Knife Found 12 Years Ago on Nicole Brown Simpson Property Now Being Tested


Police in Los Angeles are currently performing forensic testing on a knife which was discovered 12 years ago on the same property on which Nicole Brown Simpson and Ronald Goldman were murdered in June 1994. There has so far been no connection made between the knife and the notorious murder case against O.J. Simpson, who was acquitted of the double murder in 1995. The case has remained unsolved, and the home in which Nicole Brown Simpson lived has since been torn down. O.J. Simpson is currently serving a prison term for an unrelated robbery.

The knife, described as small and deteriorated by NBC News, was only recently turned in to the LAPD by a now-retired traffic officer with the same department. He was allegedly given the knife 12 years ago while working on a film shoot by a construction worker, who said he had discovered the knife at the edge of the property. At that time, the retired officer took the knife to police, who told him they did not need it and that he could keep it in his possession. Only recently, after mentioning the knife to a current LAPD detective and being told to bring it to police, was he able to turn it into authorities.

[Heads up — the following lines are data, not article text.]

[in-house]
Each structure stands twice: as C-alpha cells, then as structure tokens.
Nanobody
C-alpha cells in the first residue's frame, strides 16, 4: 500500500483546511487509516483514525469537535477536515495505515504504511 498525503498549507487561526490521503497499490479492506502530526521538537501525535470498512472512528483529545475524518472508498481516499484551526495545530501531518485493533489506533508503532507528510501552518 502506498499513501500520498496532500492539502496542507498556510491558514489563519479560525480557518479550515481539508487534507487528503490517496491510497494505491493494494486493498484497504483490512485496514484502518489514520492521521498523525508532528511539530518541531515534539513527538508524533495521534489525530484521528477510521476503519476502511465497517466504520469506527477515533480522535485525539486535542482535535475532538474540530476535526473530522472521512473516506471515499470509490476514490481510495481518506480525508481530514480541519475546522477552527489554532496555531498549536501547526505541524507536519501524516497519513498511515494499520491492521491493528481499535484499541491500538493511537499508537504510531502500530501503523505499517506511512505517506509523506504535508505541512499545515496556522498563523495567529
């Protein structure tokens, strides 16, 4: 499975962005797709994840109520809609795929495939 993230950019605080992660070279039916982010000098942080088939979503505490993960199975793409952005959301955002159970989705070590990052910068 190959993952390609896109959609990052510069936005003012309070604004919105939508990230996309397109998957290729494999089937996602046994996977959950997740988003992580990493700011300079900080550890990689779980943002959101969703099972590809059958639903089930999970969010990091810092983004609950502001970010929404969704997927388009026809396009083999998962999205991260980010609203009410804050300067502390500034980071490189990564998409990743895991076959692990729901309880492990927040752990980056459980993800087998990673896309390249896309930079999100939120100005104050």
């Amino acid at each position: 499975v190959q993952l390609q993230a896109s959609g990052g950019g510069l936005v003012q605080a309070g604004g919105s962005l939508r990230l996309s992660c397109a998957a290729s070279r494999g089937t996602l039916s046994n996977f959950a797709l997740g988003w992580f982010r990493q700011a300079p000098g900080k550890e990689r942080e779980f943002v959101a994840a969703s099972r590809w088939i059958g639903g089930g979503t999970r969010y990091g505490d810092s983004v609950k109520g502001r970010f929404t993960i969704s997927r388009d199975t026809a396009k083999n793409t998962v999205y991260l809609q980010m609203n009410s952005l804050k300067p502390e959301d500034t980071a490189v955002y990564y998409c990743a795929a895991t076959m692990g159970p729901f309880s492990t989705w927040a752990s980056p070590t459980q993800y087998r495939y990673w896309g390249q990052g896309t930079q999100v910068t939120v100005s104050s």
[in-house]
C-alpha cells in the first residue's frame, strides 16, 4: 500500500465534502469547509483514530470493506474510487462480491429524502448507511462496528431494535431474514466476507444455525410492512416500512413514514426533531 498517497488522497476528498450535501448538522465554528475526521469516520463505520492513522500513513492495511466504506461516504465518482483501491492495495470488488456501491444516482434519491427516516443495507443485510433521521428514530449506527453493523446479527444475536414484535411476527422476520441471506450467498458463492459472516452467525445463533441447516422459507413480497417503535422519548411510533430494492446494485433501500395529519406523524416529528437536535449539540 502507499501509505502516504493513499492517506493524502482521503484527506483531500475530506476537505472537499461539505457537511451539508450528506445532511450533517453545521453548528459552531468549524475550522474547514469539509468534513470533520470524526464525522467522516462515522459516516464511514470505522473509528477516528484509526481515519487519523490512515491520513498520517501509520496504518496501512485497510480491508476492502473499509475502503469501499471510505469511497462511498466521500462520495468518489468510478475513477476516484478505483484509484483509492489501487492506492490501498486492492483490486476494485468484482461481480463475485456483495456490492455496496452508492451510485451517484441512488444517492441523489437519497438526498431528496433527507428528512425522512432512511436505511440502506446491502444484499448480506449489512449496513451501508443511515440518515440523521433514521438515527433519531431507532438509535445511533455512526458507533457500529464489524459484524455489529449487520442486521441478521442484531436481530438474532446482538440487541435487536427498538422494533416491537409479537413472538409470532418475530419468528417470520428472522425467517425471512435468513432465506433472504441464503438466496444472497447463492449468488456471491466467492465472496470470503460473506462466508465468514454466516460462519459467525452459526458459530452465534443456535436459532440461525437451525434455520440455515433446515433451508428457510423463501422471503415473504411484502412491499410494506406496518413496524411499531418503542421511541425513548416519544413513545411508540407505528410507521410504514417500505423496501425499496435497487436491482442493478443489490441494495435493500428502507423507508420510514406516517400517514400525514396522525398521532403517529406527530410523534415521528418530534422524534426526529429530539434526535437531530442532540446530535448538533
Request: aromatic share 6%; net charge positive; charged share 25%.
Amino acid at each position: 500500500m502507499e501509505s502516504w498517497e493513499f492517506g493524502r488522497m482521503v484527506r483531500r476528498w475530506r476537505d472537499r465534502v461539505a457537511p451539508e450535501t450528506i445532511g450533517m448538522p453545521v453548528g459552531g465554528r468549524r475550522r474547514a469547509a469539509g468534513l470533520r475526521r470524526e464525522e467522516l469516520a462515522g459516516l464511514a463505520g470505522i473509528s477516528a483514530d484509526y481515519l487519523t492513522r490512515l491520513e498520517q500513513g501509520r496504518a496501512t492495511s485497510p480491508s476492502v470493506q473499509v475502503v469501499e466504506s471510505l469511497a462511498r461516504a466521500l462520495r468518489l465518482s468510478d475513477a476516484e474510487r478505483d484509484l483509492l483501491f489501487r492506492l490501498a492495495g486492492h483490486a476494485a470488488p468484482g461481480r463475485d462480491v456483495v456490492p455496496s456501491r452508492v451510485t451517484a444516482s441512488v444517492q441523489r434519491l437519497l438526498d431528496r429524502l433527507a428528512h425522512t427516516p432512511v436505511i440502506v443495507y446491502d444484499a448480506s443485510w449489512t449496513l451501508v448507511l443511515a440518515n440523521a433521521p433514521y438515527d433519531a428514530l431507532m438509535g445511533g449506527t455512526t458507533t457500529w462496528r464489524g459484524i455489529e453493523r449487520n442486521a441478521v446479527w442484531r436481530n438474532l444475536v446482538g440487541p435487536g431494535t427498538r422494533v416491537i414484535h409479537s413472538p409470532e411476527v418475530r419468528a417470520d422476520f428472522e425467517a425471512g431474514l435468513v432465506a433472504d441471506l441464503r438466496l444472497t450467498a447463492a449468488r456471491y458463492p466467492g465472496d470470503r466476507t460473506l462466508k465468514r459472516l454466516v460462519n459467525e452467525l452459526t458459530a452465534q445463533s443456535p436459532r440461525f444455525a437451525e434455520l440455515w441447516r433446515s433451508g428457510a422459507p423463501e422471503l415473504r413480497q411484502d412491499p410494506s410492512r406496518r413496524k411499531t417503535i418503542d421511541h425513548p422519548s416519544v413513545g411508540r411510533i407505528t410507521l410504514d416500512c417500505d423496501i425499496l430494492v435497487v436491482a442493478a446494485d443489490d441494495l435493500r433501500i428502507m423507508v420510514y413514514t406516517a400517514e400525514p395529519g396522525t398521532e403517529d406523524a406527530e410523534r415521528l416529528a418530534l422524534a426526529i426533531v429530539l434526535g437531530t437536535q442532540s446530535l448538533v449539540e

The knife is of interest due to the fact that Nicole Brown Simpson and Goldman were stabbed to death. During the trial of O.J. Simpson, evidence was presented regarding the former football star’s penchant for expensive cutlery and how he had his knives sharpened by a neighborhood knife store.

According to NBC News, the knife recently turned in by the retired traffic officer did not appear to be of high quality. Furthermore, it was intimated that no evidence was seen during a visual inspection. Officials said the testing was being performed “just in case.” If evidence pointing to O.J. Simpson as the murderer were discovered, he could not be brought to trial again due to double jeopardy laws.

By Jennifer Pfalz

NBC News:Los Angeles Police Testing Knife Found on O.J. Simpson’s Former Property
Image Courtesy of Charles LeBlanc’s Flickr Page – Creative Commons License